frequently asked questions
Please click on a question below to find out more about Bendheim Wall Systems.
For a glossary of terms, click here.
- Q1 - What is the difference between long wave and short wave infrared?
- Q2 - What are the Shading Coefficient and the Solar Heat Gain Coefficient?
- Q3 - What is better, a high or low shading coefficient?
- Q4 - What is safety glazing?
- Q5 - What are the U.S. Standards for testing safety glazing materials?
- Q6 - Where should safety glazing be used?
- Q7 - How is safety glazing marked for identification?
- Q8 - Is it better to have the coating on the #2 or #3 surface of an insulating glass unit?
- Q9 - Will Low-E glass work only in northern climates?
- Q10 - The industry offers Low-E coatings on the #2 surface and on the #3 surface of an insulating glass unit. On which surface should the coating be located to achieve optimal solar performance?
- Q11 - When is safety glazing required?
Q1 - What is the difference between long wave and short wave infrared?
- Short wave infrared energy comes directly from the sun but is not felt as heat. It converts into heat when it strikes something.
- Long wave infrared is the heat radiated from an object which has received short wave radiation, a hot automobile dashboard, for example, or a hot sidewalk or roadway where you can often see heat radiating from the surface.
Q2 - What are the Shading Coefficient and the Solar Heat Gain Coefficient?
A2 - These terms are mathematically related and both describe the solar energy blocked from passing through a glass material. The shading coefficient is the ratio of solar energy that passes through a piece of glass relative to piece of 1/8” clear glass ( which has a shading coefficient of 1.0. Solar heat gain coefficient represents the solar gain through the glass relative to the incident solar radiation; it is equal to 86% of the shading coefficient. In either case, a lower number indicates improved solar control over the 1/8” clear glass baseline.
Q3 - What is better, a high or low shading coefficient?
A3 - In colder, heating-dominated climates such as Canada or northern US, windows with higher shading coefficients generally are preferred and conserve energy. This so because in the longer heating season, more solar radiation, which becomes “free” heat is allowed to pass into a home.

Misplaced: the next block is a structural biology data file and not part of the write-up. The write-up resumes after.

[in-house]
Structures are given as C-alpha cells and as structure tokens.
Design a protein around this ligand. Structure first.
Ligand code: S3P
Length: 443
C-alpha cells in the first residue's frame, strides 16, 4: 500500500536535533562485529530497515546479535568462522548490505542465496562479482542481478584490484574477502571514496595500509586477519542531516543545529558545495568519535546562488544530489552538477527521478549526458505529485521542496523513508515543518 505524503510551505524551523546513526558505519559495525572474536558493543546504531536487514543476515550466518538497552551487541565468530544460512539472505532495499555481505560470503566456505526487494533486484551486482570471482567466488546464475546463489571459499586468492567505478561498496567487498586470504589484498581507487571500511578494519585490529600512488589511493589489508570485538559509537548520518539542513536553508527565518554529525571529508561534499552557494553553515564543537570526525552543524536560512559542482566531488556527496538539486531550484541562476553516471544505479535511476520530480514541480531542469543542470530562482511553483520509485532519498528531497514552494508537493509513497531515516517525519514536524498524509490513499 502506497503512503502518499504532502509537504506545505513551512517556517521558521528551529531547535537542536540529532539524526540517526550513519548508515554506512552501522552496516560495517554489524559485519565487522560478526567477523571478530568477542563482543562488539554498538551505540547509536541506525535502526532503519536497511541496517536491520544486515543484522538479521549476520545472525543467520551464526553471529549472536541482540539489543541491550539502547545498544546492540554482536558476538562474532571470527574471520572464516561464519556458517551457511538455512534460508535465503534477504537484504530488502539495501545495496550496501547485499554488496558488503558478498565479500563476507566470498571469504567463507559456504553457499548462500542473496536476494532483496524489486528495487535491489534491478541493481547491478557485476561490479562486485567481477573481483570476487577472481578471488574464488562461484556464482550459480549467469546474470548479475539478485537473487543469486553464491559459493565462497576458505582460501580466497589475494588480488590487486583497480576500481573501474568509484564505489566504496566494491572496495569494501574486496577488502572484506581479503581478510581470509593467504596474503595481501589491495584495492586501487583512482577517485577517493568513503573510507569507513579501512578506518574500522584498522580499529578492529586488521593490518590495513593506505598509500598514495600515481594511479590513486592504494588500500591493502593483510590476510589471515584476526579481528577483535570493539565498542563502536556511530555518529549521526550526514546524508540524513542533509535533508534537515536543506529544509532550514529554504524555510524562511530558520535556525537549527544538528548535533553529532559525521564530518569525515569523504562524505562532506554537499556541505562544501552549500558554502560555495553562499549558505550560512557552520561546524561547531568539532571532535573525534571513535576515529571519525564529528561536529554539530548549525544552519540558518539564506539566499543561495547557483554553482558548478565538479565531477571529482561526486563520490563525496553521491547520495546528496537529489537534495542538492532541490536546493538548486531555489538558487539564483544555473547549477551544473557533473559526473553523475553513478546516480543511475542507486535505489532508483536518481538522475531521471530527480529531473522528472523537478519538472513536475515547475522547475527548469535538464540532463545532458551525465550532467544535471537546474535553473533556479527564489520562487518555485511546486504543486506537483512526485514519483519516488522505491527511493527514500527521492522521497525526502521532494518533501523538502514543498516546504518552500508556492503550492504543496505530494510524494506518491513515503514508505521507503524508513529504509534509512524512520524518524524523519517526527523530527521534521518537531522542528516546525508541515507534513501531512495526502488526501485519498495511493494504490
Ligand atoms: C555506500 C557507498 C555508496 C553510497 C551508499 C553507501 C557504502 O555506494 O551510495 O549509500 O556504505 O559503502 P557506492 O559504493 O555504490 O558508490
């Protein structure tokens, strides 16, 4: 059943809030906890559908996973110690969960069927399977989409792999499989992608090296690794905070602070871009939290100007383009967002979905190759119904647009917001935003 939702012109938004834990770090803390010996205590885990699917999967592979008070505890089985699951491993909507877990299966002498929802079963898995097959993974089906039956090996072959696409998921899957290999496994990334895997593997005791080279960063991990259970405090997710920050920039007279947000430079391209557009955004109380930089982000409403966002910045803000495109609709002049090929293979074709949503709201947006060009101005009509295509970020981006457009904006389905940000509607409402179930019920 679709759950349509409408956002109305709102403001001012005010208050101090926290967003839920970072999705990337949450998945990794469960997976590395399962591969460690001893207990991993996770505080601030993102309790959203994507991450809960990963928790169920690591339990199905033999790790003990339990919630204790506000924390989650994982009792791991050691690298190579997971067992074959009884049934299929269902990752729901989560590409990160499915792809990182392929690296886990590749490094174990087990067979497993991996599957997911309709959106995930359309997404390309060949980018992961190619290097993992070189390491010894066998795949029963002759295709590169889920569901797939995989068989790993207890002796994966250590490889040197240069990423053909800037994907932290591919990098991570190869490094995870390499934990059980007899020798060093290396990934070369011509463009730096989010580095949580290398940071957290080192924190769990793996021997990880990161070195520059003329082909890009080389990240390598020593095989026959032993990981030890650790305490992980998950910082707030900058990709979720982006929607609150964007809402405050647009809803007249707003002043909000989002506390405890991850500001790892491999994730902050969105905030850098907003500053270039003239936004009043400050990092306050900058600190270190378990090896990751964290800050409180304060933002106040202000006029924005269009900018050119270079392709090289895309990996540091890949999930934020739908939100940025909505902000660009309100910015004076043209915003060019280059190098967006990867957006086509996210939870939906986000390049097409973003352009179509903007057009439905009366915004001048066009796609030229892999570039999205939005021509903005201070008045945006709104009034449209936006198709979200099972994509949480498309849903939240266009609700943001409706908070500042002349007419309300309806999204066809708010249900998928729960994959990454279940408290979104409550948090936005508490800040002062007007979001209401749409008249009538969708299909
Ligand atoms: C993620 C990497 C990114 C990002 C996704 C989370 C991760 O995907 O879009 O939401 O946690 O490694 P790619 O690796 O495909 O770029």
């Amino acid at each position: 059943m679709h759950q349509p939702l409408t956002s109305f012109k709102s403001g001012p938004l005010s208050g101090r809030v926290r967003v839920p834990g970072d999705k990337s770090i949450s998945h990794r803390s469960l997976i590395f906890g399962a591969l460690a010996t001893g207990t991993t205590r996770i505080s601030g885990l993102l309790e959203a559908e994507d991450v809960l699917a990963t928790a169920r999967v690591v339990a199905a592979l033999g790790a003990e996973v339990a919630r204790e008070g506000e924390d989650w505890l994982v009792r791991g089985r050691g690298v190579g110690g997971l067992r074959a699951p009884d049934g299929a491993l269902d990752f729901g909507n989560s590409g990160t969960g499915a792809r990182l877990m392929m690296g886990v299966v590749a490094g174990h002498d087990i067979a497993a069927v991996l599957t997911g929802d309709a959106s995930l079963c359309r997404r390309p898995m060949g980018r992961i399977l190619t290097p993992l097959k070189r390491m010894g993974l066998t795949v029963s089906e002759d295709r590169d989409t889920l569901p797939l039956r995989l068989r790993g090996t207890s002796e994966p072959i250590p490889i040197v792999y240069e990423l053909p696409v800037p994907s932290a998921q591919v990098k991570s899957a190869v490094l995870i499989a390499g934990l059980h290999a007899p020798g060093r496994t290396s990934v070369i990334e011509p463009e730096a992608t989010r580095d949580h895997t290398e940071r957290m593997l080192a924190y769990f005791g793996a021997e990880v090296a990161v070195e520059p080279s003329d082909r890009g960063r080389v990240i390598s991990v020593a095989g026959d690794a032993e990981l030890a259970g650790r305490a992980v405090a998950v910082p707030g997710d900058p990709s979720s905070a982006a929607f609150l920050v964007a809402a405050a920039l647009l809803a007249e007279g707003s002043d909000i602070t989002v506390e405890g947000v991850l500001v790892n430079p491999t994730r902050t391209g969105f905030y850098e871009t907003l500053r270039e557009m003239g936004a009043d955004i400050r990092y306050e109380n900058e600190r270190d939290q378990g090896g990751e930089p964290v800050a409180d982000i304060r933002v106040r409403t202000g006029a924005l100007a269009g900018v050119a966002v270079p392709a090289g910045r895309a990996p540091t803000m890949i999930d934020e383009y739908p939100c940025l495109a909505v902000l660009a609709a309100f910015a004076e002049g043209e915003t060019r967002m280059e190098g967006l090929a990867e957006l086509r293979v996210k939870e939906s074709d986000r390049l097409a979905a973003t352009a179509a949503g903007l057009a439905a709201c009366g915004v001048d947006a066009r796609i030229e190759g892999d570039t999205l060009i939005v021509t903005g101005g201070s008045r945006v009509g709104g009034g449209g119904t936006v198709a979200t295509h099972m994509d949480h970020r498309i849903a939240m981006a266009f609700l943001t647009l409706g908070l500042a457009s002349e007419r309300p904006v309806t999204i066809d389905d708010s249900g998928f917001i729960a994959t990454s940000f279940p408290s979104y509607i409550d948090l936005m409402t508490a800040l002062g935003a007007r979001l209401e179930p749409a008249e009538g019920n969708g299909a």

In the south, with a long air-conditioning season, it is most important to reduce solar gain and therefore reduce air conditioning loads.
Q4 - What is safety glazing?
A4 - Glass is a breakable material, which when broken into smaller sharp pieces often called shards can cause serious injury. Safety glazing material, usually tempered glass or laminated glass, reduces the risk of injury. This is accomplished in the case of tempered by the characteristic break pattern-many small pieces, and by the adhesion of the glass pieces to the inner plastic layer in the case of laminated glass.
Q5 - What are the U.S. Standards for testing safety glazing materials?
A5 - ANSI Z97.1 and CPSC 16CFR, Part 1201.
Q6 - Where should safety glazing be used?
A6 - The Federal safety glazing law stipulates that safety glazing be used in architectural applications ( homes and buildings ) in defined hazardous locations. Generally the hazardous location include doors, immediately adjacent sidelites, bath and shower enclosures and glazing adjacent to passages where there are walking surfaces adjacent to the glass and the bottom edge of the glass is within 18” of the floor. In addition to the Federal law, various local code authorities have additional requirement.
Q7 - How is safety glazing marked for identification?
A7 - The Federal safety glazing law requires that all safety glazing products have a permanently identifiable marking on each piece. This marking cannot be removed without damaging or breaking the glass and is generally located in one of the corners of each piece.